• This morale boost is crucial for maintaining the effectiveness and efficiency of security operations in troubled regions.
  • Argument Against: 
    • Violation of State's Autonomy: Section 3 of AFSPA grants the central government the authority to designate any area as a Disturbed Area without requiring the consent of the respective state. 
      • This undermines the autonomy of the states and can lead to misuse of power by the central government.
    • Excessive Use of Force: Section 4 of AFSPA grants specific powers to authorized officers, including the use of firearms against individuals, which can potentially result in fatalities. 
      • This provision raises concerns about the excessive and disproportionate use of force by security forces.
    • Violation of Civil Liberties: Section 4 also grants officers the power to arrest without a warrant and to seize and search premises without any warrant. 
      • This can lead to violations of individuals' civil liberties, as it bypasses standard legal procedures and safeguards against arbitrary detention and searches.
    • Lack of Accountability: Section 7 of AFSPA requires obtaining prior executive approval from central or state authorities for the prosecution of a member of the security forces. 
      • This provision creates a lack of accountability and transparency in cases of alleged human rights violations by security forces, as it allows them to operate with impunity.
    • Evidence of Abuse: The Supreme Court-appointed Hegde Commission in 2013 found that all seven deaths in the six cases it investigated were extrajudicial executions. 
      • Additionally, it highlighted widespread abuse of AFSPA by security forces in Manipur. 

What are the Supreme Court’s Guidelines?

  • Questions regarding the constitutionality of AFSPA arose due to its intersection with the jurisdiction of states over law and order matters. The Supreme Court, in its 1998 ruling in Naga People's Movement of Human Rights v. Union of India, affirmed the constitutionality of AFSPA.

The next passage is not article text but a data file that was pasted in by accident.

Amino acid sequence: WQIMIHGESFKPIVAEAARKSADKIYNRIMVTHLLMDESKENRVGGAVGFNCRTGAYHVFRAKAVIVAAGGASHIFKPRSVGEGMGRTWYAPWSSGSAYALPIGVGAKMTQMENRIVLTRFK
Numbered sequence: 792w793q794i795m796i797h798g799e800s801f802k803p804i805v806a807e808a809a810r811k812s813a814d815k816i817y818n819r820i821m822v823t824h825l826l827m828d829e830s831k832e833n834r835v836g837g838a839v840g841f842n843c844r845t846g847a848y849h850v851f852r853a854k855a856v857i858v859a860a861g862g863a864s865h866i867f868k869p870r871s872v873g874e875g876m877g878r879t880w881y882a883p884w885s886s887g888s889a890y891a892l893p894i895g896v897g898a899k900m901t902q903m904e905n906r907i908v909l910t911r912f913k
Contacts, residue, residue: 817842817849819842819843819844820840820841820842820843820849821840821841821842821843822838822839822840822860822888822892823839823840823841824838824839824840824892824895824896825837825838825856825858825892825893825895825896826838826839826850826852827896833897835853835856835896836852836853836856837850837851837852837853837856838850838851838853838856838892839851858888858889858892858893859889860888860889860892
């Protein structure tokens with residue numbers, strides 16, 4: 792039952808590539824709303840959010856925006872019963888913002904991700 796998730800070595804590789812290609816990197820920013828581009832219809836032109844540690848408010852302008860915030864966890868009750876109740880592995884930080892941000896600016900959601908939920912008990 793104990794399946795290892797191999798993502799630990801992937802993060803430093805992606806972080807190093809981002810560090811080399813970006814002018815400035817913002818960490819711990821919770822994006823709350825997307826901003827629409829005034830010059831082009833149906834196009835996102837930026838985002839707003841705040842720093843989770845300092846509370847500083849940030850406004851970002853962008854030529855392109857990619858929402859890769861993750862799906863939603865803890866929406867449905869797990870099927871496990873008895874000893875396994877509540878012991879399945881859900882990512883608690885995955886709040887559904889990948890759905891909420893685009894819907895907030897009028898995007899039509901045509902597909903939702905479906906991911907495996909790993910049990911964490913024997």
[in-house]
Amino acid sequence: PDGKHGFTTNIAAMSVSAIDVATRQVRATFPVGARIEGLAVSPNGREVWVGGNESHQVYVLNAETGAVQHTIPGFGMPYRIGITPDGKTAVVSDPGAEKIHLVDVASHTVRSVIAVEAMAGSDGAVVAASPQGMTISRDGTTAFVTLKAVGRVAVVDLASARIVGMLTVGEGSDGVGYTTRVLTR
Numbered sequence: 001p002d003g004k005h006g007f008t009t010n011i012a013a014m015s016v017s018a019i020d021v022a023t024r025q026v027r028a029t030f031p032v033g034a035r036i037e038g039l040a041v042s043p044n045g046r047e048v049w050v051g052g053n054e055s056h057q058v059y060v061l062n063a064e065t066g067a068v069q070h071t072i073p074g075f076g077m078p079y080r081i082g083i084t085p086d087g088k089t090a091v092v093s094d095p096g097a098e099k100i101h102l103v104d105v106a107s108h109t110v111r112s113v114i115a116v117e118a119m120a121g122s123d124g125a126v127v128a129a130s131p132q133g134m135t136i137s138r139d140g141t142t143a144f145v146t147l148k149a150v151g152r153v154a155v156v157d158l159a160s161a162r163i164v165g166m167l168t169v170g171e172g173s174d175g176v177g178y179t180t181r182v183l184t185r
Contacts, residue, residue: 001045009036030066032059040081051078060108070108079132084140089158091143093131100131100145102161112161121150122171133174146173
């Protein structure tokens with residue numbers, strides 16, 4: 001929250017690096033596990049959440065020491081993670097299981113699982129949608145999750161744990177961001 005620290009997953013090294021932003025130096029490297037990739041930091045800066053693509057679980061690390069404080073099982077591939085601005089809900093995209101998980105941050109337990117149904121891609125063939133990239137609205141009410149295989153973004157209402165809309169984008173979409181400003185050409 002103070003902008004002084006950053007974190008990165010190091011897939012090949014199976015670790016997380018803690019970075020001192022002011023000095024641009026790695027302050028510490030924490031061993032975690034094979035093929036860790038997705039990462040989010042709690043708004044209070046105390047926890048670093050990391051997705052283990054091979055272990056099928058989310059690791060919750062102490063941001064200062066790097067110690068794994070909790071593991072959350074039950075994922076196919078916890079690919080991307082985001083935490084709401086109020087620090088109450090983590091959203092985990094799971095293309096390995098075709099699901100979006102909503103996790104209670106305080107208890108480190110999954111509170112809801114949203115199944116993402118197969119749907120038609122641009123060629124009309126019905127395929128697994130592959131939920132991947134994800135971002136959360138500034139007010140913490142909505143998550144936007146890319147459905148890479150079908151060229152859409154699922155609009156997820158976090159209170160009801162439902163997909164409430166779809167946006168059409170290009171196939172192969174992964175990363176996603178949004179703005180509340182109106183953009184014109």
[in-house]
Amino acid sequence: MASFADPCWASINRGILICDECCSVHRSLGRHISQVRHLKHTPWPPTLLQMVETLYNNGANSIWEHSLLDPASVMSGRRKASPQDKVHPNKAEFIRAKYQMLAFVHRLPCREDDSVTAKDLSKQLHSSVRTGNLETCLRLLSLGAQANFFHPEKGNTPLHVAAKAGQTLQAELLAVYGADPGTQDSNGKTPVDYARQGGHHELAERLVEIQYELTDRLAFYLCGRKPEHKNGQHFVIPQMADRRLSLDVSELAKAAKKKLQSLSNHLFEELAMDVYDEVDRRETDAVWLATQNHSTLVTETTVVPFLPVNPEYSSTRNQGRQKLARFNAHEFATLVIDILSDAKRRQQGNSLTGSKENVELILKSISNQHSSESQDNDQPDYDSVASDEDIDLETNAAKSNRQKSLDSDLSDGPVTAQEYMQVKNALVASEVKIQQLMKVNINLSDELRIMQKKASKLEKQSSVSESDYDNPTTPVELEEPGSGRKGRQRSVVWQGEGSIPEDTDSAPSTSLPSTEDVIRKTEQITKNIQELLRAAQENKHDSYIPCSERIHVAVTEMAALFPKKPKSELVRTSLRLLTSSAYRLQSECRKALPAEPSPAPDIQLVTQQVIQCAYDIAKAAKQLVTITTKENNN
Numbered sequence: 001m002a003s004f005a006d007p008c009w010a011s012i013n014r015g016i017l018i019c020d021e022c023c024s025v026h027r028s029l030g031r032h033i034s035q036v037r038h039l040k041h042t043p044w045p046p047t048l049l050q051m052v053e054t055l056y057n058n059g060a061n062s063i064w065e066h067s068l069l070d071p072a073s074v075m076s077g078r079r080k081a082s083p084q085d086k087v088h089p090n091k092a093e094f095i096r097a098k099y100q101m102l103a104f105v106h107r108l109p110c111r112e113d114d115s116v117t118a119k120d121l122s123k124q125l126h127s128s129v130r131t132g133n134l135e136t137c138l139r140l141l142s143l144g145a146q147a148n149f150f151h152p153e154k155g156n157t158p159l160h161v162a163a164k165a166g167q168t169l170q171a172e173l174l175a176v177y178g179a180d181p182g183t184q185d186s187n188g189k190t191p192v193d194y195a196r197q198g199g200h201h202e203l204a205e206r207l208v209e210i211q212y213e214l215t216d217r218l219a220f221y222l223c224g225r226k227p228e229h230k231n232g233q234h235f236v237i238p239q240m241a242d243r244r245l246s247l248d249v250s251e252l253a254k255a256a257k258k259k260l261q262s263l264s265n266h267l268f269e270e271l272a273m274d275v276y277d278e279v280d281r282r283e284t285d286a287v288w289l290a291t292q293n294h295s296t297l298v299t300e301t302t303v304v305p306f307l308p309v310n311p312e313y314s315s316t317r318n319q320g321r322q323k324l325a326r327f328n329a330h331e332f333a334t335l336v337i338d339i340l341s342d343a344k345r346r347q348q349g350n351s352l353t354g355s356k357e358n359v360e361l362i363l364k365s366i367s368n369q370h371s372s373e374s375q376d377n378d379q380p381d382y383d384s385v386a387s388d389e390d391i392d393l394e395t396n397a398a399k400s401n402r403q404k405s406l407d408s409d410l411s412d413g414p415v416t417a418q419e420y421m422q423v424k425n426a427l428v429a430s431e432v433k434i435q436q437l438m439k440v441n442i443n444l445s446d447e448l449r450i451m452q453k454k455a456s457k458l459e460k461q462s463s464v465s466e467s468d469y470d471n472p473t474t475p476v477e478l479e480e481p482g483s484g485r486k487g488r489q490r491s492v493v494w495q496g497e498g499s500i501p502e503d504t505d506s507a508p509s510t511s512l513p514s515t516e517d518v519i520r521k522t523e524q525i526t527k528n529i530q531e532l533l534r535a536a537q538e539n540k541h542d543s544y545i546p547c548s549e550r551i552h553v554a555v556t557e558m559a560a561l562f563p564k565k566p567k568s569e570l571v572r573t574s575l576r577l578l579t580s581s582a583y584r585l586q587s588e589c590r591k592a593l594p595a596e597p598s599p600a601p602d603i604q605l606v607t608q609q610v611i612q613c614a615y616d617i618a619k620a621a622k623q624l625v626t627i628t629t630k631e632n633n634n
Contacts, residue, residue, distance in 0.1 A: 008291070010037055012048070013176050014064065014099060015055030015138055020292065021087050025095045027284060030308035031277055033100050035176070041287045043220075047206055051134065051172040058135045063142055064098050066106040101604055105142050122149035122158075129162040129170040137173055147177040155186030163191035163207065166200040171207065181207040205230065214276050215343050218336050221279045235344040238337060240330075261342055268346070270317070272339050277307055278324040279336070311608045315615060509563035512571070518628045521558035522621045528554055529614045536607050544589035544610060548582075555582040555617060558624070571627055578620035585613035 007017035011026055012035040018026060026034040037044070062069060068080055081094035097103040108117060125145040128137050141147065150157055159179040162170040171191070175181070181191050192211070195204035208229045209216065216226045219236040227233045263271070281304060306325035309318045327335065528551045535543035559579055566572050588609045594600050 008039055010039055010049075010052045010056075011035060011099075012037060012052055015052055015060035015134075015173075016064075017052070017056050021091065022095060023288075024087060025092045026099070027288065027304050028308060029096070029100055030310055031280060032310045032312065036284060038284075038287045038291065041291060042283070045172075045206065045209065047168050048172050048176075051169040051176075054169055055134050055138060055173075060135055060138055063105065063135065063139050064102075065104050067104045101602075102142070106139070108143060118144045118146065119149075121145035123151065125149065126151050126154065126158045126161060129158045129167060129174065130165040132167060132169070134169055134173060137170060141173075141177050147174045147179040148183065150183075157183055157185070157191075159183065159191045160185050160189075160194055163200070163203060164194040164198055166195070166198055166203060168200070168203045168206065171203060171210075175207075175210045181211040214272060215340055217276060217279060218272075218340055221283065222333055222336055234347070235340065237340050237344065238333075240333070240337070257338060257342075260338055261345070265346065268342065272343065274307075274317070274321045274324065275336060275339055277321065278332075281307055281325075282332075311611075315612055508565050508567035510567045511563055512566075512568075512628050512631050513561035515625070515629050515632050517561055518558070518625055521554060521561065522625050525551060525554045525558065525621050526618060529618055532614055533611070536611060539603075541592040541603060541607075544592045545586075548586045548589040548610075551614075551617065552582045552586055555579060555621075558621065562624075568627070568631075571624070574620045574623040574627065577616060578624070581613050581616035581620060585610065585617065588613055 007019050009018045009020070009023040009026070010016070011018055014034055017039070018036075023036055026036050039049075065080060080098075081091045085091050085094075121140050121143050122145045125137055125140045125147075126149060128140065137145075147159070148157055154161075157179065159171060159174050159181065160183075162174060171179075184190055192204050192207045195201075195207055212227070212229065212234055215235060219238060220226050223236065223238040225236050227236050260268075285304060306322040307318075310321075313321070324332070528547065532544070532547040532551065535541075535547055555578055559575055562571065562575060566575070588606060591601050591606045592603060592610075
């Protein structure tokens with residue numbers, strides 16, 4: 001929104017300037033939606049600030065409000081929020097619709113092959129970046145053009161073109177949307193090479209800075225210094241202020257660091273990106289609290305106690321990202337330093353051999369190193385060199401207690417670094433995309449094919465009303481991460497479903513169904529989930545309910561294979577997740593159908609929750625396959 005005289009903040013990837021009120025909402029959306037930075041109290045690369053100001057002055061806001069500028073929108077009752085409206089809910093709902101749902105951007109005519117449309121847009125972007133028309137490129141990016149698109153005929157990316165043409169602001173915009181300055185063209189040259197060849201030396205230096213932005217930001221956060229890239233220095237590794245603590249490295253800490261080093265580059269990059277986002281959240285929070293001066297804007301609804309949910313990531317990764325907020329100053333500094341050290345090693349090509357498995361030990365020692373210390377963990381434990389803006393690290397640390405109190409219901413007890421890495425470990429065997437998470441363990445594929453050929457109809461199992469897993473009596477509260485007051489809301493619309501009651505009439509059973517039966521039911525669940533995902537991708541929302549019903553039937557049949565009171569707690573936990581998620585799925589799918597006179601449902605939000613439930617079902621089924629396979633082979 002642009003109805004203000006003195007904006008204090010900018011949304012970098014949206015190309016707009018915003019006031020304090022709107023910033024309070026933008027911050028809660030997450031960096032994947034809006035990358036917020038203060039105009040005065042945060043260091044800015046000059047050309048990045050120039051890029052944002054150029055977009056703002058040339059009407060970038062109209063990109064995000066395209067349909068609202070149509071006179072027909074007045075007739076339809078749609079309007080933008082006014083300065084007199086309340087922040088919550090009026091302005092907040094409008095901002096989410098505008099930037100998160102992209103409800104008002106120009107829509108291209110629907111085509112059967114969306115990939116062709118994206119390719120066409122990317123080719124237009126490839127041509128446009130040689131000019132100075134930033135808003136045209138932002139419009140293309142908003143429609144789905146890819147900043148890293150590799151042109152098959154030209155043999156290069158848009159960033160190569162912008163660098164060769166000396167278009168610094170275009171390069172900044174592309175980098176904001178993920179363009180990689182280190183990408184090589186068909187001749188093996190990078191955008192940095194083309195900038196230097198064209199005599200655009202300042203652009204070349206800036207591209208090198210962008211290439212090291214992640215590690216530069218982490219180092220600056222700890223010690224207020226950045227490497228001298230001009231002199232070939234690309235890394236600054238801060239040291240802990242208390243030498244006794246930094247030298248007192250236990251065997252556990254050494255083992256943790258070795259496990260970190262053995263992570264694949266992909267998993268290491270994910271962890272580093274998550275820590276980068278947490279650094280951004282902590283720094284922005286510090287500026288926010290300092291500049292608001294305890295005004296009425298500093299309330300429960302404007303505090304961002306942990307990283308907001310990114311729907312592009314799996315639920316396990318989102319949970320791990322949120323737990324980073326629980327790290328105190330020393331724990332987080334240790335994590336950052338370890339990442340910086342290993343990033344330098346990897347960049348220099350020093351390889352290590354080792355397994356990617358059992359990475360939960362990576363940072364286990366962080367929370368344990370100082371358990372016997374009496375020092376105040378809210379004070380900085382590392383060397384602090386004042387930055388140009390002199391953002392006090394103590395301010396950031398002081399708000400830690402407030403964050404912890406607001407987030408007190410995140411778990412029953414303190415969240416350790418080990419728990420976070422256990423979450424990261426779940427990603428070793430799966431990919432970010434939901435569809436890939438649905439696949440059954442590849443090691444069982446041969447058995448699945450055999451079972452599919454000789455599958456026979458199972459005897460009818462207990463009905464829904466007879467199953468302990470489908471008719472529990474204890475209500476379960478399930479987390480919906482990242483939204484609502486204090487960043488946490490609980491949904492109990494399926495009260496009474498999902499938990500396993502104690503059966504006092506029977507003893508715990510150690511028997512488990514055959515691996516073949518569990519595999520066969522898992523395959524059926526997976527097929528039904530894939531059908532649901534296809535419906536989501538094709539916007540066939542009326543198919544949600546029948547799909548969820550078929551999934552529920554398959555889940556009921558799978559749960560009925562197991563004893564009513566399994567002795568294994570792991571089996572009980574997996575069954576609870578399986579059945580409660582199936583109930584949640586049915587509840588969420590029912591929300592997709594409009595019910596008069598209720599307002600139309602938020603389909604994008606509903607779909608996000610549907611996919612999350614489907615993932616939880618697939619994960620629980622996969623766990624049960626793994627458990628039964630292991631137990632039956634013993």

• In this landmark judgment, the Court reached specific conclusions, including:
    • The Central government has the authority to make a suo-motto declaration, yet it is preferable for the central government to consult with the state government before issuing such a declaration.
    • AFSPA does not grant unrestricted authority to designate an area as a 'disturbed area'.
    • The declaration must have a defined time frame, and there should be regular assessments of its status. After six months have passed, a review of the declaration is necessary.
    • When implementing the powers granted by AFSPA, the authorized officer should employ the least amount of force required for successful operations, and adhere strictly to the guidelines outlined in the army's "Dos and Don'ts."
    • The Supreme Court determined that the Act does not infringe upon the Constitution, and the powers granted under sections 4 and 5 are neither arbitrary nor unreasonable.

Way Forward: 

  • Recommendations of Jeevan Reddy Committee:
    • In November 2004, the Central government appointed a five-member committee headed by Justice B P Jeevan Reddy to review the provisions of the act in the northeastern states.
    • The committee recommended that:
      • AFSPA should be repealed and appropriate provisions should be inserted in the Unlawful Activities (Prevention) Act, 1967. 
      • The Unlawful Activities Act should be modified to clearly specify the powers of the armed forces and paramilitary forces and Grievance cells should be set up in each district where the armed forces are deployed.
  • Second ARC Recommendations: 
    • The 5th report of the Second Administrative Reforms Commission (ARC) on public order has also recommended the repeal of the AFSPA. However, these recommendations have not been implemented.
  • Recommendations of Santosh Hegde Commission:
    • The AFSPA should be reviewed every six months to assess the necessity of its implementation, with the aim of making the Act more humane and the security forces more accountable.
    • The committee suggested that the Unlawful Activities (Prevention) Act could be suitably amended to tackle terrorism, instead of relying solely on AFSPA.
    • It was also recommended that the armed forces should not be immune from investigation for excesses committed during the discharge of their duties even in "disturbed areas".

Drishti Mains Question:

Q. Discuss the arguments in favor of and against the continuation of AFSPA, taking into account its impact on security operations, human rights, and governance.

UPSC Civil Services Examination, Previous Year’s Question (PYQs)


Q. Human rights activists constantly highlight the fact that the Armed forces (Special Powers) Act, 1958 (AFSPA) is a draconian act leading to cases of human rights abuses by security forces. What sections of AFSPA are opposed by the activists? Critically evaluate the requirement with reference to the view held by the Apex Court. (2015)